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Returning to the scene of the crime

Sorry for the lapse in writing.  Life has been busy most recently because of a weekend trip.  Every since my Yountville experience I’d been hoping to get back, especially since the kids were asking to do it.  I guess part of me wanted to return in hopes of finding a way to not be forgotten in the kitchens there but another part wanted to see if I could spot that genie in the bottle again.

I had let some of the chefs I emailed know I was heading up including Chef J, Chef S, and Chef M.  We hit more traffic than I would have though possible heading up early Friday night getting there just in time for a 5:00 dinner at Ad Hoc.  Somehow Open Table said  they were fully booked though they were half empty the entire time we were there.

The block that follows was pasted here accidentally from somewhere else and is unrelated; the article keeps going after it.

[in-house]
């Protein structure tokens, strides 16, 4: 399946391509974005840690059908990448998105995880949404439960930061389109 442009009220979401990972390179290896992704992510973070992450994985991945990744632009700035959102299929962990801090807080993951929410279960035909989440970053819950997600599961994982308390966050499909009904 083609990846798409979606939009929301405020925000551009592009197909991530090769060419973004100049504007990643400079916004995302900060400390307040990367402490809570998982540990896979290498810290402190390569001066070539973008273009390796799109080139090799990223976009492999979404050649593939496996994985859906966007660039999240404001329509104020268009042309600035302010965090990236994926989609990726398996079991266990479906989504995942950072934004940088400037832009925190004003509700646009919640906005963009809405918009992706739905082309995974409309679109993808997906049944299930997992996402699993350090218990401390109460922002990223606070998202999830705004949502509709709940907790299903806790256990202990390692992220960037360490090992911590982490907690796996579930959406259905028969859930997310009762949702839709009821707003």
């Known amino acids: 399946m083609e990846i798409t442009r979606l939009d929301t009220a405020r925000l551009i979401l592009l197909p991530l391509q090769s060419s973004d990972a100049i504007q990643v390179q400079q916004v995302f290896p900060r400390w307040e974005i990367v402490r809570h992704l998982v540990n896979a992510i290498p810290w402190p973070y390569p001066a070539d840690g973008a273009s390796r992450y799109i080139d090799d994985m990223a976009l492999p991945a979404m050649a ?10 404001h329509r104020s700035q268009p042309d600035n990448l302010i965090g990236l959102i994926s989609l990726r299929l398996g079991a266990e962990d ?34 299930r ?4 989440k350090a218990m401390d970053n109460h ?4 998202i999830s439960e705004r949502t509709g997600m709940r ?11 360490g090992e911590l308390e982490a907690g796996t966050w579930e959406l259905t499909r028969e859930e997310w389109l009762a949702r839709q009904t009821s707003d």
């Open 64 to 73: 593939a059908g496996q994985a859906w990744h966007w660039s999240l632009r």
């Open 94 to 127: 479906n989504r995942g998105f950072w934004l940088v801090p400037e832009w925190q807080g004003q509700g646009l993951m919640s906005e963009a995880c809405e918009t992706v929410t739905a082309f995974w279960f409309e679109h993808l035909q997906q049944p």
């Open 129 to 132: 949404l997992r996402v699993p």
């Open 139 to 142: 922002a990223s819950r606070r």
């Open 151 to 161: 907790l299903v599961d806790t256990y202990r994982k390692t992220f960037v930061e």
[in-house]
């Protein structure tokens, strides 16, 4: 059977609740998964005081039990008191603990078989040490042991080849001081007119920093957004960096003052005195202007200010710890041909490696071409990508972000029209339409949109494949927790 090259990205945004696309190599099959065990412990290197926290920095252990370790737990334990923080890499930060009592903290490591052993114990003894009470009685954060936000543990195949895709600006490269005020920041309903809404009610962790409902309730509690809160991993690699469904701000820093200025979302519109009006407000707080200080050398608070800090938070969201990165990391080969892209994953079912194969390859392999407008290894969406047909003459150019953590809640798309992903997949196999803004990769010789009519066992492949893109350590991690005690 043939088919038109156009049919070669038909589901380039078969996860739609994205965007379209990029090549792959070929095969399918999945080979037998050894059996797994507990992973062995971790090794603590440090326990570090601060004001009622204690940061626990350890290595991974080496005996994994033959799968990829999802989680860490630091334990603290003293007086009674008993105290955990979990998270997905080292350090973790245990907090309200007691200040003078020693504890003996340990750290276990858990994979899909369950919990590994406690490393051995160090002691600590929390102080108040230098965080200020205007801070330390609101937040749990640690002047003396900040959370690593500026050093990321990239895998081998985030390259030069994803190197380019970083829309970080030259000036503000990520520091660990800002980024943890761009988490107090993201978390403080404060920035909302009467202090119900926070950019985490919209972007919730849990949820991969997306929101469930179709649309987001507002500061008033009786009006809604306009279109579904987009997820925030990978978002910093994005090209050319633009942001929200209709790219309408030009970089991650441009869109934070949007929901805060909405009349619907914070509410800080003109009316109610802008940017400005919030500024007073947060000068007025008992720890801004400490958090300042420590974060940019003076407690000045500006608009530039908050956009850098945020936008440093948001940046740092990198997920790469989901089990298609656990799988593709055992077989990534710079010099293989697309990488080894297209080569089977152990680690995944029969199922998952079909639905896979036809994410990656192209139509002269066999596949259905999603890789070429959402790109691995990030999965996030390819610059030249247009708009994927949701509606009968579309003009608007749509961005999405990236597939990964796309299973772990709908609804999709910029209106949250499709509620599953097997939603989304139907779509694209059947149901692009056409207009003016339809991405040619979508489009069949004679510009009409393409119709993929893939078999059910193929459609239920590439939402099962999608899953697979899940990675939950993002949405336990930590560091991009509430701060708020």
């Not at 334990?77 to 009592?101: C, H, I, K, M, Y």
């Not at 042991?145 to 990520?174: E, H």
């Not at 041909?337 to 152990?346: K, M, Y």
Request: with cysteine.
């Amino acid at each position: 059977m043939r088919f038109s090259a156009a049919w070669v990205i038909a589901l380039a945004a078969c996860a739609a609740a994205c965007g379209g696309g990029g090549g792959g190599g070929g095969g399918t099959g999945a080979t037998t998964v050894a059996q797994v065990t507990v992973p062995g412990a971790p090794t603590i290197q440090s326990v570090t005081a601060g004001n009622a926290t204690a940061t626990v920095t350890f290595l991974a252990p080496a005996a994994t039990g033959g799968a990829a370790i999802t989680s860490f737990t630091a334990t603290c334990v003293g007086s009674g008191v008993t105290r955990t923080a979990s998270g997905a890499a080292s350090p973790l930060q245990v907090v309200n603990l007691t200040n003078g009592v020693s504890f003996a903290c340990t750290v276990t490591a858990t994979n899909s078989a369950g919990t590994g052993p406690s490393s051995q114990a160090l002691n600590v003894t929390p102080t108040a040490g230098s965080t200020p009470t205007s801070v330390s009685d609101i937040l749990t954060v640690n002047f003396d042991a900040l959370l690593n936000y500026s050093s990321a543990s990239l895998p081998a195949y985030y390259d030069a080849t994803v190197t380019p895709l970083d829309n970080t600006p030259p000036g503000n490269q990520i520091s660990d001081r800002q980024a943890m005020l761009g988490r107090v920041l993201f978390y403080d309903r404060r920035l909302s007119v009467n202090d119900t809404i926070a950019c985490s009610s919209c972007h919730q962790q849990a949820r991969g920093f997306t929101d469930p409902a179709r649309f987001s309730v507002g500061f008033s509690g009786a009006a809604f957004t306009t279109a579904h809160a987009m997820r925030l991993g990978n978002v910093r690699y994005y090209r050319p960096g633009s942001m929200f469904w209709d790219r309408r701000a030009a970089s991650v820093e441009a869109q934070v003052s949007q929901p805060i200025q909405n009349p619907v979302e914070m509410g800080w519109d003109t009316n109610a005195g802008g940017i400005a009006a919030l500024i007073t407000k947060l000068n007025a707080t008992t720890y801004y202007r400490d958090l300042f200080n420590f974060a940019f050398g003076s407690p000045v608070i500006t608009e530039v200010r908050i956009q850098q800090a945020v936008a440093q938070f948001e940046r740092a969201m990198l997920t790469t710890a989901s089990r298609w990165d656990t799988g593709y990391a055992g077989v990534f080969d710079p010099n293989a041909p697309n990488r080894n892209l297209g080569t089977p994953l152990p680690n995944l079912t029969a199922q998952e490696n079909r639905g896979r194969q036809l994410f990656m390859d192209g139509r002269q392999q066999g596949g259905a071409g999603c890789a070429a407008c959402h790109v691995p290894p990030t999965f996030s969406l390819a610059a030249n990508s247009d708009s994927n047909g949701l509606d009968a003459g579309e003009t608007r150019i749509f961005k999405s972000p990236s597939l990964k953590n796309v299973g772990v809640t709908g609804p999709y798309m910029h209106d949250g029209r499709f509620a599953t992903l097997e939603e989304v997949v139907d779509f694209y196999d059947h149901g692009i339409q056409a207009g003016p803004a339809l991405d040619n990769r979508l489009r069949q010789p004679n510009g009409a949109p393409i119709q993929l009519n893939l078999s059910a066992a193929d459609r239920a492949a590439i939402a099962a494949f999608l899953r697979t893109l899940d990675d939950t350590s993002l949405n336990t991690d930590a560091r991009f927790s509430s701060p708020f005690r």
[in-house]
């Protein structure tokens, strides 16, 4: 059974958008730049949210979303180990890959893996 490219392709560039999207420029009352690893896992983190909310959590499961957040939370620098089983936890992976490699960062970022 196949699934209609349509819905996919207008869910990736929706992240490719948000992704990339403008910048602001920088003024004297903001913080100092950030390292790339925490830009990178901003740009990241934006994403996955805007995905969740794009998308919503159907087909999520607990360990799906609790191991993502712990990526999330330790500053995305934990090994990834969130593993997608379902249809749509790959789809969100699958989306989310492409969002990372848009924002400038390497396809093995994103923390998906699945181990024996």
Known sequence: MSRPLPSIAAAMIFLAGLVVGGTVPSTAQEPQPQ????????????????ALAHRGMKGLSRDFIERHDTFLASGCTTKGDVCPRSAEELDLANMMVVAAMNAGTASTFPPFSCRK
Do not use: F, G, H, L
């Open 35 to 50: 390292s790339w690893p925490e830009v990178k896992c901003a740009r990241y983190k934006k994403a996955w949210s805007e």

We literally rolled out of the car and into the restaurant which I was a bit worried about with the kids in tow but they did marvelously.  The kids were very excited to be there and it seemed like the staff could tell and was pleased.  It took a bit more than usual to negotiate the menu but we soon settled back to the four course menu with Em and the kids getting the salmon in place of the main roasted pork offering.

The cheese course is always fun.  They paired it with shaved asparagus (which I’ve done many times!) and lemon confit.  They asked Annabelle if she liked the cheese and she said it was “a bit sour” so they brought out a second plate with a different cheese for her.

Dessert was banana cupcakes with a caramel filling and a coconut frosting.  Pretty darn tasty.  The highlight of the evening however, was hitting the bakery after dinner.  Chef M was in and waved us in through the window.  We chatted for a while and got to see the batch of 300 baguette dough coming out of the mixer and taste his English Muffin efforts (yum!).  We then headed to our hotel and after a little bocce the kids hit the hot tub and pool.

french laundry fold